# originally in a file called camera_dolly_crane_rigs.py. So let's
# look at the history for that as well.
git log --reverse -- "camera_dolly_crane_rigs.py"

# This commit tells us that the add-on was originally in
# blender_addons_contrib under the name rigging_camerarigs.py:
# https://projects.blender.org/blender/blender-addons/issues/51067
# Let's fetch that as well to get the whole history!
git remote add contrib https://projects.blender.org/blender/blender-addons-contrib.git
git fetch contrib

# Create a branch for this remote, so we can use its commits
git checkout contrib/main -b contrib_main

# Look at the ancient history
git log -- "rigging_camerarigs.py"

# After we've downloaded quite a bit from the Internet, now is a good
# time to make a backup
cp -r /tmp/add_camera_rigs /tmp/add_camera_rigs.bak



### Grafting



# If we have a thorough look at the log, we can see that the graph is
# interrupted. This is because there are actually two histories in
# this repo, one for addons and the other for contrib. They are
# completely disjoint right now. Let's make a single history out of
# them, to pretend there only ever was one repo

# For that, we'll first use two commands that get us the first commit of
# addons and the last commit of contrib:

git rev-list main | tail -n 1
# 79d89af92401a7db16d4e0c86c6126d603eaef1b: first commit of addons

git rev-parse --verify contrib_main
# 16908cc466f41d6313b2c1891bb37706fc76fb51: last commit of contrib

# We'll perform a graft of addons onto contrib
git replace --graft 79d89af92401a7db16d4e0c86c6126d603eaef1b 16908cc466f41d6313b2c1891bb37706fc76fb51



### Rewriting the history



# From looking at the history before, we know all the files we want to keep
# from the two repos' histories:
# add_camera_rigs  camera_dolly_crane_rigs.py  rigging_camerarigs.py
# We'll use git filter-repo to get rid of everything else.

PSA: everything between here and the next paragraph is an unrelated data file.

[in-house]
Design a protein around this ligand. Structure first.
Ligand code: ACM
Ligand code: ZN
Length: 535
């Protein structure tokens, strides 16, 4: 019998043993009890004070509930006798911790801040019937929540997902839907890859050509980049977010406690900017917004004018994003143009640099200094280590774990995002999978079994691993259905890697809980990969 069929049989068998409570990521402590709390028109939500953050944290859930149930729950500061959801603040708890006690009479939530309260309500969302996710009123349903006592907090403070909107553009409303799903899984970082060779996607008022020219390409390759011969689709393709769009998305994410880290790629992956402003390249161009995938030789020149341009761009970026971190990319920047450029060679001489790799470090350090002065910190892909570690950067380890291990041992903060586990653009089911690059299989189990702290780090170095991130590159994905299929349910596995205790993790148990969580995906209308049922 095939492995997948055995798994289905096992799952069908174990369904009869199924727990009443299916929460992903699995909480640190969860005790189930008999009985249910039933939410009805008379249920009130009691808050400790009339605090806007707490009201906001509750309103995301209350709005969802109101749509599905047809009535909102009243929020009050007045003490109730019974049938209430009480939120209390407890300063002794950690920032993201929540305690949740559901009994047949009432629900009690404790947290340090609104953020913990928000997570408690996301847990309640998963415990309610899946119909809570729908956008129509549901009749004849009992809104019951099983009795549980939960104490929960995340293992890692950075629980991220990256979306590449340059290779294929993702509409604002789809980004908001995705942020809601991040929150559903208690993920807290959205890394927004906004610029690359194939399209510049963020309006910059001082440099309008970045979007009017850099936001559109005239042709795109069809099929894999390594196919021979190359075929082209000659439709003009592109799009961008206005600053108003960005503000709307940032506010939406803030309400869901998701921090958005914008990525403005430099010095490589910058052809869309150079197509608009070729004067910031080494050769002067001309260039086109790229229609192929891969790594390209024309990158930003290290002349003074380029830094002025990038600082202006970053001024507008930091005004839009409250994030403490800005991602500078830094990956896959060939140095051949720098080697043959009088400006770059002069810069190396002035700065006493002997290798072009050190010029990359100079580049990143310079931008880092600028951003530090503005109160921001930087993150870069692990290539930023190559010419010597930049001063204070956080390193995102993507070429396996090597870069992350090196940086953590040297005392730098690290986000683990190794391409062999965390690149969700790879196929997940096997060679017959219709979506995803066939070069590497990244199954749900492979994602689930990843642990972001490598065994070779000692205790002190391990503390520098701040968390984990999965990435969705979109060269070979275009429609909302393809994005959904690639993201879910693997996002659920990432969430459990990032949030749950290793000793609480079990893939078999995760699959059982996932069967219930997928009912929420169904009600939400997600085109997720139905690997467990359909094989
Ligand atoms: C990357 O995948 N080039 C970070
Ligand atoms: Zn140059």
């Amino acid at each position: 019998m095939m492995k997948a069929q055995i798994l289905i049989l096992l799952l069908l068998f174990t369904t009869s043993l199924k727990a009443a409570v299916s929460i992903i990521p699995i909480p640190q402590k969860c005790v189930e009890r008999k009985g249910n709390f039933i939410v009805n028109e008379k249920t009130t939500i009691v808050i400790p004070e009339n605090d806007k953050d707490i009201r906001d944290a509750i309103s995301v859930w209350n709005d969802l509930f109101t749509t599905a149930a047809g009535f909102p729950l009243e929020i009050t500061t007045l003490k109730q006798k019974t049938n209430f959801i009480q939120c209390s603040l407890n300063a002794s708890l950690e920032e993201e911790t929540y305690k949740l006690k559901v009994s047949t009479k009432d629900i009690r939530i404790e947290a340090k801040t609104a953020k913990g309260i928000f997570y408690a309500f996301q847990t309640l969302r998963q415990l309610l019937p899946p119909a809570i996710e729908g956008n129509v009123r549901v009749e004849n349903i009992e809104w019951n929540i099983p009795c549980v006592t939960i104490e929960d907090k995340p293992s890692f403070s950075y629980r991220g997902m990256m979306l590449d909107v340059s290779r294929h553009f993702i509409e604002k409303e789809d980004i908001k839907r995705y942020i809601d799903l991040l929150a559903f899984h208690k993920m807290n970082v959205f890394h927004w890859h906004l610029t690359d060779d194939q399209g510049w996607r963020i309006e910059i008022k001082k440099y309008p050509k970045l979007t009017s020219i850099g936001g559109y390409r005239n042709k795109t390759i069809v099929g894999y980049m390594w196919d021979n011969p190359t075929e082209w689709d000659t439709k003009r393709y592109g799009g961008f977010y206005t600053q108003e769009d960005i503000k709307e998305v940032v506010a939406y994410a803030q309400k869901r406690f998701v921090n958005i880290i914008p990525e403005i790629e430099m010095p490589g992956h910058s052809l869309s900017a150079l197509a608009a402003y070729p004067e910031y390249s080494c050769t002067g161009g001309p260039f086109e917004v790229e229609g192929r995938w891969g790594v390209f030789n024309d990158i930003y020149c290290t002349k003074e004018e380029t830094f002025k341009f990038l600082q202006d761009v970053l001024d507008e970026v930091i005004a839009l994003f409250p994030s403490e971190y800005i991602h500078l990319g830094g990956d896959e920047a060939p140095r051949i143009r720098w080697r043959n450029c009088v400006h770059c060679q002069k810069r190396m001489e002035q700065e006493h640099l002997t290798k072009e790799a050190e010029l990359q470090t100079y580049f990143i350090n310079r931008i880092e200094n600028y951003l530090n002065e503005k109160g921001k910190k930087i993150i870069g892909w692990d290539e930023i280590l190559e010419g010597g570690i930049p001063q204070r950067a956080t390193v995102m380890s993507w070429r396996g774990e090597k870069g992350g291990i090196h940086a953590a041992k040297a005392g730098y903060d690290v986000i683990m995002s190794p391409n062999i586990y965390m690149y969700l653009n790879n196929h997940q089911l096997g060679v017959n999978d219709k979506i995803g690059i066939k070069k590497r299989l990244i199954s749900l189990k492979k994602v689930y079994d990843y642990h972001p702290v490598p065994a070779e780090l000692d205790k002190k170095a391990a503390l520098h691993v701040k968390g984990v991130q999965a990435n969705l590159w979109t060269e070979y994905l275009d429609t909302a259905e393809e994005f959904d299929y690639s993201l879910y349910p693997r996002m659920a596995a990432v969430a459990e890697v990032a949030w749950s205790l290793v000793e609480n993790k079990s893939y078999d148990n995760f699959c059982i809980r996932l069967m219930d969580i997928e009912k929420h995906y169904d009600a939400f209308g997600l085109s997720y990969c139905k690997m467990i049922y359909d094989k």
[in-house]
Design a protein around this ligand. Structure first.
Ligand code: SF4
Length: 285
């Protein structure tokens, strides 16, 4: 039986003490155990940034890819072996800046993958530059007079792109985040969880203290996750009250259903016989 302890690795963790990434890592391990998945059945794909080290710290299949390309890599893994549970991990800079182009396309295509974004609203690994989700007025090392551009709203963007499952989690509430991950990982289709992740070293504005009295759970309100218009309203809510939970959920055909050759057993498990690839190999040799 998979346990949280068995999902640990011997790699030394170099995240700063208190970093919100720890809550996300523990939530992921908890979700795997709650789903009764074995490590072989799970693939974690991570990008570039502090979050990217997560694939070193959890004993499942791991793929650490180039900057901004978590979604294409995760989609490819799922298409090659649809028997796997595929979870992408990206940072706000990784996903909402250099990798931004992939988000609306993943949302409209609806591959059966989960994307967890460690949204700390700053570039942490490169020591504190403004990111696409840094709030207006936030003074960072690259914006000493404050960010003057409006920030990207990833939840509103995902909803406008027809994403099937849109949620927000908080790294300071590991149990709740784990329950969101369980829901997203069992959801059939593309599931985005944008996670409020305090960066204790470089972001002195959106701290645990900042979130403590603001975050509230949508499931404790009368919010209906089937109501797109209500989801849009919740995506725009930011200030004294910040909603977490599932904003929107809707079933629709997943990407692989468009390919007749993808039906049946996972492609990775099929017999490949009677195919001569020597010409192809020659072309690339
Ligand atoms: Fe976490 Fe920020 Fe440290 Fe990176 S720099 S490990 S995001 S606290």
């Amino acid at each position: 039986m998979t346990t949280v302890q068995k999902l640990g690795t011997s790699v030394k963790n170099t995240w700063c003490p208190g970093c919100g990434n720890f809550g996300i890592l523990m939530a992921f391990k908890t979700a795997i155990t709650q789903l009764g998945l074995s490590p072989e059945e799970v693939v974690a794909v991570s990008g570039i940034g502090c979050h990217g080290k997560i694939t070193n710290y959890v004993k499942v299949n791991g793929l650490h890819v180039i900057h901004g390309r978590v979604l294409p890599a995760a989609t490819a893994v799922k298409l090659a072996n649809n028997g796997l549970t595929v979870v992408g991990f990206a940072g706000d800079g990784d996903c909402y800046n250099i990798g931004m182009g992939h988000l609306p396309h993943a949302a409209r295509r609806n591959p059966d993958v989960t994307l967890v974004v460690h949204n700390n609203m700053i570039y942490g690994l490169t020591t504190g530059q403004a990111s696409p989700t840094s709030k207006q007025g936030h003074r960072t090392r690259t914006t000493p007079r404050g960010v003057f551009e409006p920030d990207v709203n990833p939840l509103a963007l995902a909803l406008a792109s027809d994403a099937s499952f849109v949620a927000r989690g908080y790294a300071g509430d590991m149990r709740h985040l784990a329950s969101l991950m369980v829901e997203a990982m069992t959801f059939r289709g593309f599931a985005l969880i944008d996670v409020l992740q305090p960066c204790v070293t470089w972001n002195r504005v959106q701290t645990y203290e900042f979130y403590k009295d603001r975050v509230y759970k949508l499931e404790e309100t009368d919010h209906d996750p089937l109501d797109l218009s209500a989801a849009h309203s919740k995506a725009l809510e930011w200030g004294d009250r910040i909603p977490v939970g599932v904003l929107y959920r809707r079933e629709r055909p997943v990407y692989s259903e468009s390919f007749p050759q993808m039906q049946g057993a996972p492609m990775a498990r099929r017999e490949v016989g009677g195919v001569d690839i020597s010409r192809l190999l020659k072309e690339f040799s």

# !!!!!!!!!!!!!!!!!!!!!!!!!!!!!!!!!!!!!!!!!!!!!!!!!!!!!!!!!!!!!!!!!!!!!!!!!!!!!!!!
#
# THIS WILL MESS UP YOUR REPO, DO NOT USE IT IF YOU DON'T WANT TO LOSE ANYTHING!!
# This is why we made a fresh clone and a backup just in case.
#
# !!!!!!!!!!!!!!!!!!!!!!!!!!!!!!!!!!!!!!!!!!!!!!!!!!!!!!!!!!!!!!!!!!!!!!!!!!!!!!!!


# Filter the repo, specify each file and directory we want to keep with --path
# We'll use the --force option to tell filter-repo that we know the risks,
# and --replace-refs delete-no-add to "bake" the graft into a single real tree
git filter-repo --path "add_camera_rigs" --path "camera_dolly_crane_rigs.py" --path "rigging_camerarigs.py" --replace-refs delete-no-add --force

# Now if we have a look at the history, we can see that only relevant
# files remain, the entire rest of the history is gone.
git log --all --graph

# Go back to the main branch
git checkout main


### Editing for use as a standalone repo



# Currently the code lives in a dir called add_camera_rigs.
# We may want to move all the files to the top level.
git mv add_camera_rigs/* .
git commit -m "Move files to the top-level directory"

# A lot of tags remain in the history. We could keep them but if we don't want to:
git tag | xargs git tag -d

# Similarly, there are a lot of branches, we can get rid of everything except main:
# This works because we're already on main and it won't be deleted.
git branch | xargs git branch -D

# Get rid of the remaining remote
git remote rm contrib


# Add important files
touch blender_manifest.toml
touch README.md
touch LICENSE

# Edit those to suit your need, then:
git add *
git commit -am "Add manifest, README, LICENSE"

# At this point we can push to a new repository we've set up online!

If someone needs to migrate their add-on but finds this confusing (wouldn’t be too surprising :sweat_smile:), let me know if I can help with that.

6 Likes

After reading through your commands in entirety, my confidence that few to no developers are going to do this and the extension platform will dwindle away into obscurity from lack of new content is now firmly at 100%

I mean if they don’t want to do that it’s fine too, just offering to help.